ACM Update 01-08-22
“We are not doomed, far from it. But we are in difficult times” – Andrew Bailey, July 2022.
The Bank of England Governor and his MPC colleagues are in a difficult position this week. With the UK economy slowing down, they need to decide their next action on interest rates. With big rate hikes becoming the norm elsewhere in the world, will we see the Old Lady follow suit?
Threadneedle Street in London will very much be the focal point of financial markets this week, as the Bank of England discuss their latest tinkering of monetary policy. More to come on that later, but it is already shaping up to be a pivotal week ahead for the UK.
Last week (much like the Lionesses at Wembley on Sunday night), GBP had a strong week versus the Eurozone, hitting highs last seen on 22nd April. This presented a good opportunity for those on the pulse regarding their GBP-EUR purchases, as well as any clients who left us with limit orders for their purchases. For more information on this, please do reach out to the team.
From a data perspective, UK mortgage approvals continue to remain strong, in line with a housing market bubble which shows no signs of bursting yet. Higher interest rates and cost of living increases are yet to deter buyers from moving up/onto the ladder.
Less favourable news for the UK came courtesy of the IMF last week, with their latest set of growth forecasts. It believes the global economy is now edging towards recession post-COVID and cut its global growth forecast for 2022 to just 3.2%. Worse still, it suggests the UK will have the slowest growth of all the G7 economies in 2023, at just 0.5%.
As mentioned, Sterling-Euro peaked at its highest in over three months last week, as shown in the chart below:
On the European side of the equation, gas supply issues continue to be a driving factor. Concerns around supply are causing a scramble amongst EU nations to secure enough gas for the winter months. Russian giant Gazprom have already been limiting the supply via the Nord Stream 1 pipeline as mentioned recently.
The knock-on effects from this on the Eurozone’s biggest player Germany, could be catastrophic for the overall economy. A suggested drop of 1.5% in the country’s GDP has been suggested if rationing of gas is required. In-fighting between member states regarding supply is not helping either. Troubling times ahead for the Eurozone? Quite likely it seems.
Last week’s main focal point was the Federal Reserve, with the question being how much would interest rates rise in the US. With sizeable rate hikes elsewhere in the world recently, some financial markets had been hoping for a full 100 basis point shift from the Fed, but in the end Powell & co deemed 75 basis points the more appropriate.
The move wasn’t digested well, as hopes for more saw the Dollar slip to its worst position in a month versus GBP, with recent movements visible in the chart below:
The Fed may well need to pause their rate hikes soon, as the threat of a recession looms in the US. In fact, last week US Government statistics showed the US economy shrinking for a second successive quarter. This is indeed, the unofficial definition for a technical recession.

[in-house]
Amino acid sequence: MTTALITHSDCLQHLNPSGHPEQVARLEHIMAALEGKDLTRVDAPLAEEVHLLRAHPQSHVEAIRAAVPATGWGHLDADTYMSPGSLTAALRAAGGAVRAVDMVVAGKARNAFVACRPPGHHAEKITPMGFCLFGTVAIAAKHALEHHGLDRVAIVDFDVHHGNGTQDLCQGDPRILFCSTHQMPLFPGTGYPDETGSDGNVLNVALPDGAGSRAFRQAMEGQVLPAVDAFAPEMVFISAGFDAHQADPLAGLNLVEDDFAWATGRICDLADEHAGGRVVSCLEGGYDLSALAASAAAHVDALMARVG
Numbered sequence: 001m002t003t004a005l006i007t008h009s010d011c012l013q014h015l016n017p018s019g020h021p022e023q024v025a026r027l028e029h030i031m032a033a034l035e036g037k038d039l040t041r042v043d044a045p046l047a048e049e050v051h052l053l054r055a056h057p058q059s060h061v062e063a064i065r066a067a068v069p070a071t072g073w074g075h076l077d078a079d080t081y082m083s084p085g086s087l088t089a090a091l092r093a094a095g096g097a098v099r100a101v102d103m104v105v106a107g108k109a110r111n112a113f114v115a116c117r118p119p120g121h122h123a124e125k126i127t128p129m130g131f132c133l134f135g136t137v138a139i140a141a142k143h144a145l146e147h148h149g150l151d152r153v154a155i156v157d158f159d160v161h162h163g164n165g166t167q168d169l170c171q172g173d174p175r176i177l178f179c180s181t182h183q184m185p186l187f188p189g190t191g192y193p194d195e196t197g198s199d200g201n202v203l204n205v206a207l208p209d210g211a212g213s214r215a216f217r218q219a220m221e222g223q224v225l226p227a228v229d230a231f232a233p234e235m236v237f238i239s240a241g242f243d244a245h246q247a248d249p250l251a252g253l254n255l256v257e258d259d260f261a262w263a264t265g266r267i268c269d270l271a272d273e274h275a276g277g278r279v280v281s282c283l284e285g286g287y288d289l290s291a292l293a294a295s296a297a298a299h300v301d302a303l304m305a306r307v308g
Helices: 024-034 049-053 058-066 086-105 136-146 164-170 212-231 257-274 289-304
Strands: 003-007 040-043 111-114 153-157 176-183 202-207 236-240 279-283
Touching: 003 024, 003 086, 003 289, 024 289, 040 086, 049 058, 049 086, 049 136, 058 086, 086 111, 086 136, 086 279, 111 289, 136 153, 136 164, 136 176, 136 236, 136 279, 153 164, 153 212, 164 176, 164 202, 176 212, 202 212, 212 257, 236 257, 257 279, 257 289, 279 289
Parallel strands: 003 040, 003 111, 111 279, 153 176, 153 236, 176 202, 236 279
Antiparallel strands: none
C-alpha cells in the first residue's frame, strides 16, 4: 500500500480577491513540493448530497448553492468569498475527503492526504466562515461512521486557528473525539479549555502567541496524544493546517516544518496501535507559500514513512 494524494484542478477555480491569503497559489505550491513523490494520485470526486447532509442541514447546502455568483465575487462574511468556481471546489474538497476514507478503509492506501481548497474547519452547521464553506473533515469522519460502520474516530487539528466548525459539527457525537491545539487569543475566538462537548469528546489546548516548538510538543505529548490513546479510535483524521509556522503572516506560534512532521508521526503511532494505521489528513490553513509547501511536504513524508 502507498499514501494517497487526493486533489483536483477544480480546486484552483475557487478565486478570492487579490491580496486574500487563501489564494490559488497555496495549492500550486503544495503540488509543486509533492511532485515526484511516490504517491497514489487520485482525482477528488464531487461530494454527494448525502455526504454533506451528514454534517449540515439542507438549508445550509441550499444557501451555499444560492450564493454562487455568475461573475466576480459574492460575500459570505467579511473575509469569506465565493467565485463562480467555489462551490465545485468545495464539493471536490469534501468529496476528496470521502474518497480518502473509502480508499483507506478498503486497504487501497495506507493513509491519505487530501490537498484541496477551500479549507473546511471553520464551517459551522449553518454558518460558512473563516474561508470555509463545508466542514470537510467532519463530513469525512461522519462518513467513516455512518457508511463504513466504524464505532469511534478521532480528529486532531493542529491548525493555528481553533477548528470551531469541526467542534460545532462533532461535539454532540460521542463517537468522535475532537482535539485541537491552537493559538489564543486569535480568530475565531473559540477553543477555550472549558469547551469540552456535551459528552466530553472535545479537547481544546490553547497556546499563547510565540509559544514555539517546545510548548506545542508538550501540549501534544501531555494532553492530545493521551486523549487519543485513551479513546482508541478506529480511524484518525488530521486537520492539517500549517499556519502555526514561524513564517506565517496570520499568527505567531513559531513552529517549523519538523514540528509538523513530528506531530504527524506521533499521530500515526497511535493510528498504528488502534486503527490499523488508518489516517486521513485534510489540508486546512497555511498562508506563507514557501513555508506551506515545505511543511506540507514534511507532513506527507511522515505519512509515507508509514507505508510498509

That said, previous Fed Chair Janet Yellen has insisted that the US is not in a recession despite the sizeable drop in GDP. Read into that what you will, but she still thinks the US economy is “exceptionally strong”. Overall, the Fed are likely to be softer on future rate hikes, and more data driven.
The week ahead:
Tuesday – Australian interest rate announcement (05:30 UK time)
Wednesday – Services sector figures from Eurozone/UK/US (08:15 to 15:00), Eurozone Retail Sales (10:00)
Thursday – Bank of England rate announcement (12:00)
Friday – MPC Member Huw Pill speech (12:15), US Non-Farm Payrolls (13:30)
With Thursday and Friday containing arguably two of the biggest releases of any given month, we could well be on for a busy week. Tuesday will start off with another central bank taking aggressive monetary policy action, as the Reserve Bank of Australia are likely to increase interest rates to 1.85% (up 50 basis points).
Wednesday will have a flurry of services sector releases both on the continent, in the UK and on the other side of the Atlantic. How did the sector cope in July amidst further headwinds and supply chain issues? Eurozone Retail Sales will be a good indicator of any drop-offs in consumer spending, at a time when inflation is soaring.
Then the Bank of England decide exactly how they wish to combat inflation come Thursday lunchtime. Do they follow suit with so many others with a large rate hike, or continue their gradual trend? The call between 25 and 50 basis points is a very close one, but could have considerable knock-on effects in the already waning confidence in Bailey and Co.
Friday’s Non-Farm Payrolls numbers have beaten expectation for the last three months. But will a further beat mean the Fed are even less likely to go for a big rate hike in their next meeting? What is good for the overall economy, might not necessarily strengthen the Dollar short term.
To refer back to Andrew Bailey’s nod to Private Frazer of Dad’s Army fame at the start of this update, we are definitely in difficult times in the UK, despite the recent resurgence in the currency!
Have a great week.